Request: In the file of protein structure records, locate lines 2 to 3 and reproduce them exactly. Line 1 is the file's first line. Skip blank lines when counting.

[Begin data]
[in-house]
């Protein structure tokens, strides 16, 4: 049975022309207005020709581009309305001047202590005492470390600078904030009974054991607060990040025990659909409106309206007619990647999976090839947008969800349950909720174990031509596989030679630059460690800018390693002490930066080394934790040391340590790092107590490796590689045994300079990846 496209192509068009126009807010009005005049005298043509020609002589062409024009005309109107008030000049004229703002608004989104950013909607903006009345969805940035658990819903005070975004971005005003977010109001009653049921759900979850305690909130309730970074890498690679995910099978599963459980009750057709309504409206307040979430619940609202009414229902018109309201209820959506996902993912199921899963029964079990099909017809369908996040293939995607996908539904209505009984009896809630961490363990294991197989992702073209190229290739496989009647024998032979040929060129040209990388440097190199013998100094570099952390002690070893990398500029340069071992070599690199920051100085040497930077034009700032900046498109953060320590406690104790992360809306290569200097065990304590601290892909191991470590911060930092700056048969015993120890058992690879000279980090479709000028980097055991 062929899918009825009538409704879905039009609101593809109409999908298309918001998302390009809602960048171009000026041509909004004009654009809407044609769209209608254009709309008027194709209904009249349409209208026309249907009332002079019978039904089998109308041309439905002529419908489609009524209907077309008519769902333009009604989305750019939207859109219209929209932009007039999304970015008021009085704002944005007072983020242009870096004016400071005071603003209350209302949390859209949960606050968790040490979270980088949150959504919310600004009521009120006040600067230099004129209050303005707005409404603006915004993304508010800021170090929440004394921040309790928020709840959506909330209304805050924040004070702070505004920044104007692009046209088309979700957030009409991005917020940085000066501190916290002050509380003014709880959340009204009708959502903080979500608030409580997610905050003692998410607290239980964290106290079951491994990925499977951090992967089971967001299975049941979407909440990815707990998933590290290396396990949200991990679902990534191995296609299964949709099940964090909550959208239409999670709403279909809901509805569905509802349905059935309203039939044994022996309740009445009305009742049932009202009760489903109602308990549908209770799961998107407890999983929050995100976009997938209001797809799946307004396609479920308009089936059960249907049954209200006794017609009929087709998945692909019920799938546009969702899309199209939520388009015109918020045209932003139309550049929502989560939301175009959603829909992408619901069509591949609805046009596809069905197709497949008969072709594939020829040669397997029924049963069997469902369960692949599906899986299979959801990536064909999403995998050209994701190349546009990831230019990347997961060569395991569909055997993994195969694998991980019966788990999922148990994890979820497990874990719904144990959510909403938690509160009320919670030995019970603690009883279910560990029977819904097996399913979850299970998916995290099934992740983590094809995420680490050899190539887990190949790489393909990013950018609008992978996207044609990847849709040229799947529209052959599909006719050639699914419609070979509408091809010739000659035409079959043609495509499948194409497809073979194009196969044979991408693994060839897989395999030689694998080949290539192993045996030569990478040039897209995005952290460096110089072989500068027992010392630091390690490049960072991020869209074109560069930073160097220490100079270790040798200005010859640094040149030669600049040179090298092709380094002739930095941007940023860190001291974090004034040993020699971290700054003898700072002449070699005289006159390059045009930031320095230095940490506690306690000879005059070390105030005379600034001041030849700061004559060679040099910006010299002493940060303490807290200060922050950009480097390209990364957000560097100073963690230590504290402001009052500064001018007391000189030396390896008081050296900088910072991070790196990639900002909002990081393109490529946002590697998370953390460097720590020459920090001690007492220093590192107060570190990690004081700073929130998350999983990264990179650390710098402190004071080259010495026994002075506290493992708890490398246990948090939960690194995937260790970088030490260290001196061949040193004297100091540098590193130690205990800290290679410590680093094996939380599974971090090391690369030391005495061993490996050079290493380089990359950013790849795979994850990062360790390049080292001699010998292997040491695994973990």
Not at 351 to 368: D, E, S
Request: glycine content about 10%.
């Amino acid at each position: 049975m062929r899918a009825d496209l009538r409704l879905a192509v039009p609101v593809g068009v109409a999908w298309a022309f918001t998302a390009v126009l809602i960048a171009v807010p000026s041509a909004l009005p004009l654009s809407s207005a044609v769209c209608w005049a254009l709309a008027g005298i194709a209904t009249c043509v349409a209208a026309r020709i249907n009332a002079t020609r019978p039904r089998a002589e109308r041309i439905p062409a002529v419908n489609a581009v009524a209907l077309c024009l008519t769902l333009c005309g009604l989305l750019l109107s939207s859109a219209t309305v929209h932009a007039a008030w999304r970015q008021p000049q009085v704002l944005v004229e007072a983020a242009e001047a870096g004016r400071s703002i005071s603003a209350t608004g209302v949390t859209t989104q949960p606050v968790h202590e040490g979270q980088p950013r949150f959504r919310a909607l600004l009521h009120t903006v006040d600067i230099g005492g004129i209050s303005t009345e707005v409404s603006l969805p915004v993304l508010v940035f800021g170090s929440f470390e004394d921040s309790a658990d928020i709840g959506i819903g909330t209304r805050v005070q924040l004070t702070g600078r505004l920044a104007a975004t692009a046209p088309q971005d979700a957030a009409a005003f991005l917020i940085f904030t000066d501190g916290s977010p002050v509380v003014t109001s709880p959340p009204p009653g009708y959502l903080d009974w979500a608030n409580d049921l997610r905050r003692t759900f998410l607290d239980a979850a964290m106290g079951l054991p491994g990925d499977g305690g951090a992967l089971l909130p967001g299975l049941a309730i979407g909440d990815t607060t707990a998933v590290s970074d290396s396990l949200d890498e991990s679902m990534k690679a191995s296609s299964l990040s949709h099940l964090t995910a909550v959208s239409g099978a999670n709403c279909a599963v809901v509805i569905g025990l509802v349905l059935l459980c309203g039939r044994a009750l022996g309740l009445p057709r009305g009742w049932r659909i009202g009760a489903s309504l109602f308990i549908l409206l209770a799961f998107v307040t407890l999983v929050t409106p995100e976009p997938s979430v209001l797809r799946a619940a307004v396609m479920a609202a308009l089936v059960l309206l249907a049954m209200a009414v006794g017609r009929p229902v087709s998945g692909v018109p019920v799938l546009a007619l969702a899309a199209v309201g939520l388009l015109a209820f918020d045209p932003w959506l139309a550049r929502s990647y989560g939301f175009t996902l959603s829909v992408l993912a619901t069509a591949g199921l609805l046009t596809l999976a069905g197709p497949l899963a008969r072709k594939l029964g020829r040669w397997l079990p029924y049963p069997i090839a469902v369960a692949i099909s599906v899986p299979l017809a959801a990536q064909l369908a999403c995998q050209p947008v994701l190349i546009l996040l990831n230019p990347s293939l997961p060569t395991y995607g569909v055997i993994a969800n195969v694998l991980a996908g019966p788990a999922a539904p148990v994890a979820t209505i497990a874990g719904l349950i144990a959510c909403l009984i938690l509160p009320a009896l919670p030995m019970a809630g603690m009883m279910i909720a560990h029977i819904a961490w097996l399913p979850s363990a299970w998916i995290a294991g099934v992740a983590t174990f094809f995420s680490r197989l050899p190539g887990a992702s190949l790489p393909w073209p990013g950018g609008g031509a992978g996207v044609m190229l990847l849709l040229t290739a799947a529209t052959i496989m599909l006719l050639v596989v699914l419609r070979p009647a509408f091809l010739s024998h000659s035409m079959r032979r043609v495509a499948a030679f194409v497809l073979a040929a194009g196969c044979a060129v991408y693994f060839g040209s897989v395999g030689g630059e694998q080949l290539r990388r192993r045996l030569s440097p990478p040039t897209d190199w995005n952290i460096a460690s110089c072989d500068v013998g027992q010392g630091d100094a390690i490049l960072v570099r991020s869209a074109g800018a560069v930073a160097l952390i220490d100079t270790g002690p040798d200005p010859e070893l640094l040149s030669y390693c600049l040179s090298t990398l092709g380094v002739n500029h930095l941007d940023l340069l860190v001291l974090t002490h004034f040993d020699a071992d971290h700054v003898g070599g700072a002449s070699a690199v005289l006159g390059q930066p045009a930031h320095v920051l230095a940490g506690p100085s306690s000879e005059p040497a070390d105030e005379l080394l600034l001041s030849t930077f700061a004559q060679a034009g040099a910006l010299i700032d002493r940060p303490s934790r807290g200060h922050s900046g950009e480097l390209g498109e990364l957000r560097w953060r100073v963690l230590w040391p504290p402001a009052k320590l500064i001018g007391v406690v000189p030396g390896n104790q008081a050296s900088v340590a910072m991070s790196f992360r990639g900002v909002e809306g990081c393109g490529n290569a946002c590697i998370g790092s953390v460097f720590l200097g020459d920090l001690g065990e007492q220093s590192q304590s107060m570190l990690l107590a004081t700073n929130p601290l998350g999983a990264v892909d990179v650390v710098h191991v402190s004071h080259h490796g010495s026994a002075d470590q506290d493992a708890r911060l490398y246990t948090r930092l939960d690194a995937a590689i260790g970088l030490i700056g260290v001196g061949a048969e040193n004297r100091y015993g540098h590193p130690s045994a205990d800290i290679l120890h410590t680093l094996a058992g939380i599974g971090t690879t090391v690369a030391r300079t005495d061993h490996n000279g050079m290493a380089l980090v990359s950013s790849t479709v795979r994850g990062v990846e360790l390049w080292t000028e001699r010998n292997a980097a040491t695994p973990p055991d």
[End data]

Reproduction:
């Protein structure tokens, strides 16, 4: 049975022309207005020709581009309305001047202590005492470390600078904030009974054991607060990040025990659909409106309206007619990647999976090839947008969800349950909720174990031509596989030679630059460690800018390693002490930066080394934790040391340590790092107590490796590689045994300079990846 496209192509068009126009807010009005005049005298043509020609002589062409024009005309109107008030000049004229703002608004989104950013909607903006009345969805940035658990819903005070975004971005005003977010109001009653049921759900979850305690909130309730970074890498690679995910099978599963459980009750057709309504409206307040979430619940609202009414229902018109309201209820959506996902993912199921899963029964079990099909017809369908996040293939995607996908539904209505009984009896809630961490363990294991197989992702073209190229290739496989009647024998032979040929060129040209990388440097190199013998100094570099952390002690070893990398500029340069071992070599690199920051100085040497930077034009700032900046498109953060320590406690104790992360809306290569200097065990304590601290892909191991470590911060930092700056048969015993120890058992690879000279980090479709000028980097055991 062929899918009825009538409704879905039009609101593809109409999908298309918001998302390009809602960048171009000026041509909004004009654009809407044609769209209608254009709309008027194709209904009249349409209208026309249907009332002079019978039904089998109308041309439905002529419908489609009524209907077309008519769902333009009604989305750019939207859109219209929209932009007039999304970015008021009085704002944005007072983020242009870096004016400071005071603003209350209302949390859209949960606050968790040490979270980088949150959504919310600004009521009120006040600067230099004129209050303005707005409404603006915004993304508010800021170090929440004394921040309790928020709840959506909330209304805050924040004070702070505004920044104007692009046209088309979700957030009409991005917020940085000066501190916290002050509380003014709880959340009204009708959502903080979500608030409580997610905050003692998410607290239980964290106290079951491994990925499977951090992967089971967001299975049941979407909440990815707990998933590290290396396990949200991990679902990534191995296609299964949709099940964090909550959208239409999670709403279909809901509805569905509802349905059935309203039939044994022996309740009445009305009742049932009202009760489903109602308990549908209770799961998107407890999983929050995100976009997938209001797809799946307004396609479920308009089936059960249907049954209200006794017609009929087709998945692909019920799938546009969702899309199209939520388009015109918020045209932003139309550049929502989560939301175009959603829909992408619901069509591949609805046009596809069905197709497949008969072709594939020829040669397997029924049963069997469902369960692949599906899986299979959801990536064909999403995998050209994701190349546009990831230019990347997961060569395991569909055997993994195969694998991980019966788990999922148990994890979820497990874990719904144990959510909403938690509160009320919670030995019970603690009883279910560990029977819904097996399913979850299970998916995290099934992740983590094809995420680490050899190539887990190949790489393909990013950018609008992978996207044609990847849709040229799947529209052959599909006719050639699914419609070979509408091809010739000659035409079959043609495509499948194409497809073979194009196969044979991408693994060839897989395999030689694998080949290539192993045996030569990478040039897209995005952290460096110089072989500068027992010392630091390690490049960072991020869209074109560069930073160097220490100079270790040798200005010859640094040149030669600049040179090298092709380094002739930095941007940023860190001291974090004034040993020699971290700054003898700072002449070699005289006159390059045009930031320095230095940490506690306690000879005059070390105030005379600034001041030849700061004559060679040099910006010299002493940060303490807290200060922050950009480097390209990364957000560097100073963690230590504290402001009052500064001018007391000189030396390896008081050296900088910072991070790196990639900002909002990081393109490529946002590697998370953390460097720590020459920090001690007492220093590192107060570190990690004081700073929130998350999983990264990179650390710098402190004071080259010495026994002075506290493992708890490398246990948090939960690194995937260790970088030490260290001196061949040193004297100091540098590193130690205990800290290679410590680093094996939380599974971090090391690369030391005495061993490996050079290493380089990359950013790849795979994850990062360790390049080292001699010998292997040491695994973990």
Not at 351 to 368: D, E, S